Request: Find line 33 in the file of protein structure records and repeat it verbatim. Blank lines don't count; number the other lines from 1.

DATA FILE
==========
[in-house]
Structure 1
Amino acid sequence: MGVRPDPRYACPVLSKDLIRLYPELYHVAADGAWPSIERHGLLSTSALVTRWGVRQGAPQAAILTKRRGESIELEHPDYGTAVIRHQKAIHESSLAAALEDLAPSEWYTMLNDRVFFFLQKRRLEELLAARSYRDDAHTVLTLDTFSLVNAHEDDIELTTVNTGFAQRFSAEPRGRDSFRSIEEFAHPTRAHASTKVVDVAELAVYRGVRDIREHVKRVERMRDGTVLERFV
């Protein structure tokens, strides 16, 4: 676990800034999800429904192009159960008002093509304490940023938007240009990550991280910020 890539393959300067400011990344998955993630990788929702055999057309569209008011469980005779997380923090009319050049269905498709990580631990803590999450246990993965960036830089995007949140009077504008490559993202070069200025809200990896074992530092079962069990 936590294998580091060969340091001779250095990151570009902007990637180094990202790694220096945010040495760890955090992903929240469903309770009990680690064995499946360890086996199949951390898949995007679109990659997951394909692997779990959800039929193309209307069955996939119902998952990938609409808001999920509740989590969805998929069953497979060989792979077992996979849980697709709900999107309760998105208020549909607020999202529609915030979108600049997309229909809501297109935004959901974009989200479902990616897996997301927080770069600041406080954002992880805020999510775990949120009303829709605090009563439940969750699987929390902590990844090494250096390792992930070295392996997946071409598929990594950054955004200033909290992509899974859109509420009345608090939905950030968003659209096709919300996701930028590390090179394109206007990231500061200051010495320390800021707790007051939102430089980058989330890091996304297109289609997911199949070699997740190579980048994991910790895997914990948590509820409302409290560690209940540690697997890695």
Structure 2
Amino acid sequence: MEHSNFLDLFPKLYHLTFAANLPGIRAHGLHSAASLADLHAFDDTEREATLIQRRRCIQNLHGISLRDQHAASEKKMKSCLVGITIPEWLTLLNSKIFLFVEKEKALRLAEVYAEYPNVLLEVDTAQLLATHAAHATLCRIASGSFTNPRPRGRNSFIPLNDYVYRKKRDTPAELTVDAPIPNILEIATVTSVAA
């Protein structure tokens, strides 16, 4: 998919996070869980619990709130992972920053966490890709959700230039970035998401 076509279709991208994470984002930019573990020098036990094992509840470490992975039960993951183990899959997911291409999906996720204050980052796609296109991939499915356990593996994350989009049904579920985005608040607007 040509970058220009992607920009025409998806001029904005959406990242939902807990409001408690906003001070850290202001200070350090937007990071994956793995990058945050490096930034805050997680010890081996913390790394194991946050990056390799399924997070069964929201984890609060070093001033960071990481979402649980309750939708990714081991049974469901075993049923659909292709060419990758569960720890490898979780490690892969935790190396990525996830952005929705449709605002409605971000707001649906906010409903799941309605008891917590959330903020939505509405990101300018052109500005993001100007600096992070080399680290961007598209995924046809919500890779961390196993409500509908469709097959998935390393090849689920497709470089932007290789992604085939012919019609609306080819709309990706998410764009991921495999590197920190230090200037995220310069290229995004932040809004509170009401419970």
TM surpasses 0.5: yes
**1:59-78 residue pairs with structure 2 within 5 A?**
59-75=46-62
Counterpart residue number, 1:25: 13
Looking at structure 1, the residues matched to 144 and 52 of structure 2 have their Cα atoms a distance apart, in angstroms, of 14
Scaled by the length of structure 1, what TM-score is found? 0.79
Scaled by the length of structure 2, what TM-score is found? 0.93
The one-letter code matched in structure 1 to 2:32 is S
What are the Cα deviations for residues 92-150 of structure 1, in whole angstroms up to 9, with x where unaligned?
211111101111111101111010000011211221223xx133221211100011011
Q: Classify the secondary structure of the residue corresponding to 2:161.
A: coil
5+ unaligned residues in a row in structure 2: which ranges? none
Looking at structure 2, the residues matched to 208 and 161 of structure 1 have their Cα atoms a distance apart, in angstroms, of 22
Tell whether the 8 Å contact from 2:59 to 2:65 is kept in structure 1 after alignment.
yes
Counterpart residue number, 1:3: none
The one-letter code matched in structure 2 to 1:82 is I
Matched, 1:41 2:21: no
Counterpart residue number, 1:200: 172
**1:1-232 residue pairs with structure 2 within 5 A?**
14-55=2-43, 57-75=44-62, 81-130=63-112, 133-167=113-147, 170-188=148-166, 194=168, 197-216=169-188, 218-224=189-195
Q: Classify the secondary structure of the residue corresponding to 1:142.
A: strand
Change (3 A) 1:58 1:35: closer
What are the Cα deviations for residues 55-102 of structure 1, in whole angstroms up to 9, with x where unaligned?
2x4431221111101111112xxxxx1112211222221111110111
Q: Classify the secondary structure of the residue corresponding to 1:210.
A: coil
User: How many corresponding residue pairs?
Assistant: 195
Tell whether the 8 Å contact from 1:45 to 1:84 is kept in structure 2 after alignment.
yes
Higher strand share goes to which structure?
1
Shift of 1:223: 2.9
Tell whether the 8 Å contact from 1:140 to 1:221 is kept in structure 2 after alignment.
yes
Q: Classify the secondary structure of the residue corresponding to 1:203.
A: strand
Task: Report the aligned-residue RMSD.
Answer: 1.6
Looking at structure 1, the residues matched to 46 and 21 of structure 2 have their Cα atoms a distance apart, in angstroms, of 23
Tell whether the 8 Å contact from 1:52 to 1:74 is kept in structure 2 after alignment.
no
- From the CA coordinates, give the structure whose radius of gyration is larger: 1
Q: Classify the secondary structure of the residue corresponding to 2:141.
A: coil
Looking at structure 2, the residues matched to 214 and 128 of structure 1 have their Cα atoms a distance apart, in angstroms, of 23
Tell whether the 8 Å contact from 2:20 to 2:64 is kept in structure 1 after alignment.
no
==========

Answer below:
What are the Cα deviations for residues 55-102 of structure 1, in whole angstroms up to 9, with x where unaligned?